We hate our “flaws.” The traits we’ve deemed as flaws. We hate that we’re too sensitive. We hate that we’re slow learners. We hate that we cry so easily and get anxious so quickly. We hate that we’re indecisive (making decisions also makes us nervous….of course).
We tend to be naive, and we hate that, too.
We think we’re weak. We’re too serious. We aren’t as productive as we want to be, as we think we should be. We’re easily distracted. We’re impatient. We’re insecure (and we’re insecure about that). We care too much about what others think about us. It took us wayyyyy too long to stop drinking or to end a toxic relationship or to right a wrong. We see all of this as devastating flaws, too.
We hate that we make mistakes. And, when we do, our inner-critic goes for the jugular. The words are cruel, and the insults fly more frequently.
In an earlier piece, I mentioned this suggestion: When the inner-critic starts roaring, think of yourself as a character in your favorite book, a character you’re simply trying to get to know. A character with a rich history who’s doing her or his best. Because doing so may lessen the judgment and quiet the cruel words. It may help you see yourself in a different light—maybe even a kinder, more tender light.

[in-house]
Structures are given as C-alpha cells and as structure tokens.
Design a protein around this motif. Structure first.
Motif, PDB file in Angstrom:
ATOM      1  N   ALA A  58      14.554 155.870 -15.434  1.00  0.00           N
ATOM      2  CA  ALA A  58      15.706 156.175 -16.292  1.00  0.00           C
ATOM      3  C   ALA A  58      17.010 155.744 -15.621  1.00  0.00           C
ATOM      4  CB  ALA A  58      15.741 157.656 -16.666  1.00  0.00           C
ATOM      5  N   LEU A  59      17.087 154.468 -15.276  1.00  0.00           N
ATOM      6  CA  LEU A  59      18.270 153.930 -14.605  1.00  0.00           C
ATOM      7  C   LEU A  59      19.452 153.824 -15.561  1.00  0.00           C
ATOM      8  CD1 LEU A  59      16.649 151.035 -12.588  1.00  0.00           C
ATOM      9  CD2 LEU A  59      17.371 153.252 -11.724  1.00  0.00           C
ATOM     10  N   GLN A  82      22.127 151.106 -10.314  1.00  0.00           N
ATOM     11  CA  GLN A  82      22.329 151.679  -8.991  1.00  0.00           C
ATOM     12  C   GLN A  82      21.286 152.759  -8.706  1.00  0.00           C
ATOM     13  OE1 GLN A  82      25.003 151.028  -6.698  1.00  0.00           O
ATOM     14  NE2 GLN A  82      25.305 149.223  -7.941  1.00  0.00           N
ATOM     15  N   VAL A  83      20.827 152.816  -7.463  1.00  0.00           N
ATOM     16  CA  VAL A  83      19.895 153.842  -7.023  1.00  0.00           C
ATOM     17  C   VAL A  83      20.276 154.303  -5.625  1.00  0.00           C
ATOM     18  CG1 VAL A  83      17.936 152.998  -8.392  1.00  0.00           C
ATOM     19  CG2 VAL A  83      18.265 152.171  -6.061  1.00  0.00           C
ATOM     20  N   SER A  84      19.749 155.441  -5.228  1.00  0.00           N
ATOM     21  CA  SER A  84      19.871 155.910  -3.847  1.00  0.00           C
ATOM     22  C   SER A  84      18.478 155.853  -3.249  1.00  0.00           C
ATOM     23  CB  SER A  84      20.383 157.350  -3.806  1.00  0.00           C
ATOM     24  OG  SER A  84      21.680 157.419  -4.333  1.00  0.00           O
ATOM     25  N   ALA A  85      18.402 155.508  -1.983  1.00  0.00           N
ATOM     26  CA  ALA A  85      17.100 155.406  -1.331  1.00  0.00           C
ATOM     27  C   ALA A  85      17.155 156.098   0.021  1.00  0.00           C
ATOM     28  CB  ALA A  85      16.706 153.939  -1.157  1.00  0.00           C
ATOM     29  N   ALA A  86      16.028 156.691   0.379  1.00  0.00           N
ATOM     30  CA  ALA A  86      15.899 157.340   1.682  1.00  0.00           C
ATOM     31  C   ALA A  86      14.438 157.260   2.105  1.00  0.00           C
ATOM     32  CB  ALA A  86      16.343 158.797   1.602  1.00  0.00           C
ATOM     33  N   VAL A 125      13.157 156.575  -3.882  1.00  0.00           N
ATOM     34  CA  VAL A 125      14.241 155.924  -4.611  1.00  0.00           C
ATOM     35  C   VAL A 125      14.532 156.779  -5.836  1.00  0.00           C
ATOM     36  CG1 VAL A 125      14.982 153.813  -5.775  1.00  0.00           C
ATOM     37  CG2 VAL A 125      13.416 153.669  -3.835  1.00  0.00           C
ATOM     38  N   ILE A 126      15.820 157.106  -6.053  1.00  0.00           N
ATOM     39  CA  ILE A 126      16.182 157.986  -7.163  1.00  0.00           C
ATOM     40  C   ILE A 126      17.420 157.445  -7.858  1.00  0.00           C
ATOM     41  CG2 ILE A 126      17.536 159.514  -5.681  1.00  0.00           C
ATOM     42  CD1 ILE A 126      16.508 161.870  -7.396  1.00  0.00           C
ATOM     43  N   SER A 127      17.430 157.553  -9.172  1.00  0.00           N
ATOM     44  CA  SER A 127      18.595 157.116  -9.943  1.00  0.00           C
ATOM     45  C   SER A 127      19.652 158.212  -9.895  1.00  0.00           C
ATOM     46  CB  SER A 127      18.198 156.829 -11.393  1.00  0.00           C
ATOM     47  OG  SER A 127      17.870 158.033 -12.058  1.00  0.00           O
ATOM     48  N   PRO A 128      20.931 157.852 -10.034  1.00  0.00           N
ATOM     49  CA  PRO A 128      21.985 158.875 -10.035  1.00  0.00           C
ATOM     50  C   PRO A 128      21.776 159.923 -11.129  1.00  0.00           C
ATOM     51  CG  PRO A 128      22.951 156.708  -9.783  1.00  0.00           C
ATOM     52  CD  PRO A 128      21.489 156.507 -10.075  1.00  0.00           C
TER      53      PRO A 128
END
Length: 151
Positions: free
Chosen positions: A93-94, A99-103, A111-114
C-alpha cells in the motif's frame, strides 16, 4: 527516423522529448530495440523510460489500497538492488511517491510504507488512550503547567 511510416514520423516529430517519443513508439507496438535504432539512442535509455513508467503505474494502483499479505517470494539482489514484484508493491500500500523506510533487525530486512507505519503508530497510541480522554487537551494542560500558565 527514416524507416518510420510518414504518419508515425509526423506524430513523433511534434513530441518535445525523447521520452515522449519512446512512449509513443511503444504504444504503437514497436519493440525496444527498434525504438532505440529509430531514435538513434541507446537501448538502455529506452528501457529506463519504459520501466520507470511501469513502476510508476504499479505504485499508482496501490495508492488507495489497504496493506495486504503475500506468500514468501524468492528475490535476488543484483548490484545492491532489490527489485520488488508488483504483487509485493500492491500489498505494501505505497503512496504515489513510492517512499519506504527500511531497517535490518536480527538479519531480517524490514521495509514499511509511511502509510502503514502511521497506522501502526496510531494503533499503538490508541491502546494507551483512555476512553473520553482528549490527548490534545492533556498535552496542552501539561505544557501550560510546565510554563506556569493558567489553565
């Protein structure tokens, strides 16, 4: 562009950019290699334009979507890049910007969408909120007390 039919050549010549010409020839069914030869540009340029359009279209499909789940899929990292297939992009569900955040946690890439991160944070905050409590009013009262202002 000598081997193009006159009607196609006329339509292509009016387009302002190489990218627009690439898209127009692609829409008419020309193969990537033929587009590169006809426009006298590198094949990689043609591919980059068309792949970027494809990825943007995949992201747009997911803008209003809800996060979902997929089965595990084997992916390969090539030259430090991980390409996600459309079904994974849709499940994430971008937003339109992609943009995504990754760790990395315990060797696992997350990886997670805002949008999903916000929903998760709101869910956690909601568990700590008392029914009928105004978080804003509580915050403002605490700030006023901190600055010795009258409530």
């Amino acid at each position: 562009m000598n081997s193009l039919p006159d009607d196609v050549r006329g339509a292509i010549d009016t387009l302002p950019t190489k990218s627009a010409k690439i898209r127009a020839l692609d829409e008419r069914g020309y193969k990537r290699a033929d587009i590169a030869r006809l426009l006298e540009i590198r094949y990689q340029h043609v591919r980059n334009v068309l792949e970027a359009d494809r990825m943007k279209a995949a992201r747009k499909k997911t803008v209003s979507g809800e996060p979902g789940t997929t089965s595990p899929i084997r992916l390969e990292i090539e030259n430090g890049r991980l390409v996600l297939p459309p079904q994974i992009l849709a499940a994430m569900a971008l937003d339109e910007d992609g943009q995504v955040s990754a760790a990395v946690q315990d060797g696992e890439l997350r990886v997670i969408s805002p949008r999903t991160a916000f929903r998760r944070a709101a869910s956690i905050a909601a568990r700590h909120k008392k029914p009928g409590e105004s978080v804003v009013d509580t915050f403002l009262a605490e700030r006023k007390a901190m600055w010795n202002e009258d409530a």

Yes, we judge characters all the time. We like them. We hate them. We wonder why the heck they do what they do. But, ultimately, we appreciate their humanity. It is the quirks and flaws of characters that make them interesting and compelling and complicated and real. It is quirks and flaws that make characters believable, that make them rise above one-dimensional caricatures.
It is our flaws, too, that make us interesting, compelling, and real. It is our flaws that help us to connect to others, to empathize with them, to understand what it’s like when things are hard, when things don’t turn out the way we wanted.
It is our flaws that help us to see others, and make it okay for them to be themselves, too. Our so-called flaws may invite others to reveal their so-called flaws, to reveal their raw, tarnished selves. And this is where true, meaningful connection takes place.
Without our so-called flaws, we’d be stick figures. We’d be shells or skeletons without any muscle, meat or substance. We wouldn’t have room to grow or to learn or to discover and rediscover.
Maybe you don’t get to a point where you embrace your flaws, or accept or even tolerate them. Not yet. But maybe you can get to a point where you understand that they must exist. Because you are human. And humans fail, and humans fall. And they inevitably get back up again. And again. And again.
What if you started seeing yourself as a character, a compelling, complicated, fascinating, sometimes contradictory character? What if you started seeing your flaws as giving you substance, as giving you the space and opportunity to flourish?